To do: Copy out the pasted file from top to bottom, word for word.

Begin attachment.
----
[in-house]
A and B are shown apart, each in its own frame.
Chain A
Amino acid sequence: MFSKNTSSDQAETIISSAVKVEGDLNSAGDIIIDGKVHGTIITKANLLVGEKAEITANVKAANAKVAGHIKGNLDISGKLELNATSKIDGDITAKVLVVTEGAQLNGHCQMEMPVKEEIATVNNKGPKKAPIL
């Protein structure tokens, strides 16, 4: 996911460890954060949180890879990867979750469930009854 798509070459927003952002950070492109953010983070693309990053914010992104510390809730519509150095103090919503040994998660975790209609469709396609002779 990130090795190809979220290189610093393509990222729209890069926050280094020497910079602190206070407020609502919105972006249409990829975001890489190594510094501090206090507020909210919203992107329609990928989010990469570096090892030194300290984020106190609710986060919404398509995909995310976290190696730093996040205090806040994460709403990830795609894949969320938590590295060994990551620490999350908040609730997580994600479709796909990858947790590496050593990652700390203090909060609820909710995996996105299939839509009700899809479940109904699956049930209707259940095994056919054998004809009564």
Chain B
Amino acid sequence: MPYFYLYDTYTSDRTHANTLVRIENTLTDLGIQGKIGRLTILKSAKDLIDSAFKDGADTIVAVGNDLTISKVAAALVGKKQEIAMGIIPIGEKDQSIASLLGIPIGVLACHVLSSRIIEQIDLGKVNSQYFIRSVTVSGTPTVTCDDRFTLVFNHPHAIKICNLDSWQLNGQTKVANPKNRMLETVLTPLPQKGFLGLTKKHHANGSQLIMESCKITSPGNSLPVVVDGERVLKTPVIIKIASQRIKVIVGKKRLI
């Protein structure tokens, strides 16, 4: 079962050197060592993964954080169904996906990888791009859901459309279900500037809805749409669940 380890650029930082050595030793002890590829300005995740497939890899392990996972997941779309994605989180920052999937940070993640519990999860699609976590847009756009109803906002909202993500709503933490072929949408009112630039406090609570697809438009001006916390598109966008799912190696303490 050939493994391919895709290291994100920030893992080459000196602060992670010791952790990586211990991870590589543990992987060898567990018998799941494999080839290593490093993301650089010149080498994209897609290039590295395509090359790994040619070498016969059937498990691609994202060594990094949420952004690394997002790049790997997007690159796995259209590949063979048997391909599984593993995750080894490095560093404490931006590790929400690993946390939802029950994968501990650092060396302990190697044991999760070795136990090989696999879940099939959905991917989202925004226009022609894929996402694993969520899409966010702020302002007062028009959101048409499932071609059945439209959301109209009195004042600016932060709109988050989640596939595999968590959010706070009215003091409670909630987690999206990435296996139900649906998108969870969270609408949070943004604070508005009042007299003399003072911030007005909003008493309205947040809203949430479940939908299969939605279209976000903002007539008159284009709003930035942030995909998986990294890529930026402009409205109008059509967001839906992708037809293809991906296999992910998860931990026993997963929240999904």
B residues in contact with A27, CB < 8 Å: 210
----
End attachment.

[in-house]
A and B are shown apart, each in its own frame.
Chain A
Amino acid sequence: MFSKNTSSDQAETIISSAVKVEGDLNSAGDIIIDGKVHGTIITKANLLVGEKAEITANVKAANAKVAGHIKGNLDISGKLELNATSKIDGDITAKVLVVTEGAQLNGHCQMEMPVKEEIATVNNKGPKKAPIL
């Protein structure tokens, strides 16, 4: 996911460890954060949180890879990867979750469930009854 798509070459927003952002950070492109953010983070693309990053914010992104510390809730519509150095103090919503040994998660975790209609469709396609002779 990130090795190809979220290189610093393509990222729209890069926050280094020497910079602190206070407020609502919105972006249409990829975001890489190594510094501090206090507020909210919203992107329609990928989010990469570096090892030194300290984020106190609710986060919404398509995909995310976290190696730093996040205090806040994460709403990830795609894949969320938590590295060994990551620490999350908040609730997580994600479709796909990858947790590496050593990652700390203090909060609820909710995996996105299939839509009700899809479940109904699956049930209707259940095994056919054998004809009564």
Chain B
Amino acid sequence: MPYFYLYDTYTSDRTHANTLVRIENTLTDLGIQGKIGRLTILKSAKDLIDSAFKDGADTIVAVGNDLTISKVAAALVGKKQEIAMGIIPIGEKDQSIASLLGIPIGVLACHVLSSRIIEQIDLGKVNSQYFIRSVTVSGTPTVTCDDRFTLVFNHPHAIKICNLDSWQLNGQTKVANPKNRMLETVLTPLPQKGFLGLTKKHHANGSQLIMESCKITSPGNSLPVVVDGERVLKTPVIIKIASQRIKVIVGKKRLI
């Protein structure tokens, strides 16, 4: 079962050197060592993964954080169904996906990888791009859901459309279900500037809805749409669940 380890650029930082050595030793002890590829300005995740497939890899392990996972997941779309994605989180920052999937940070993640519990999860699609976590847009756009109803906002909202993500709503933490072929949408009112630039406090609570697809438009001006916390598109966008799912190696303490 050939493994391919895709290291994100920030893992080459000196602060992670010791952790990586211990991870590589543990992987060898567990018998799941494999080839290593490093993301650089010149080498994209897609290039590295395509090359790994040619070498016969059937498990691609994202060594990094949420952004690394997002790049790997997007690159796995259209590949063979048997391909599984593993995750080894490095560093404490931006590790929400690993946390939802029950994968501990650092060396302990190697044991999760070795136990090989696999879940099939959905991917989202925004226009022609894929996402694993969520899409966010702020302002007062028009959101048409499932071609059945439209959301109209009195004042600016932060709109988050989640596939595999968590959010706070009215003091409670909630987690999206990435296996139900649906998108969870969270609408949070943004604070508005009042007299003399003072911030007005909003008493309205947040809203949430479940939908299969939605279209976000903002007539008159284009709003930035942030995909998986990294890529930026402009409205109008059509967001839906992708037809293809991906296999992910998860931990026993997963929240999904």
B residues in contact with A27, CB < 8 Å: 210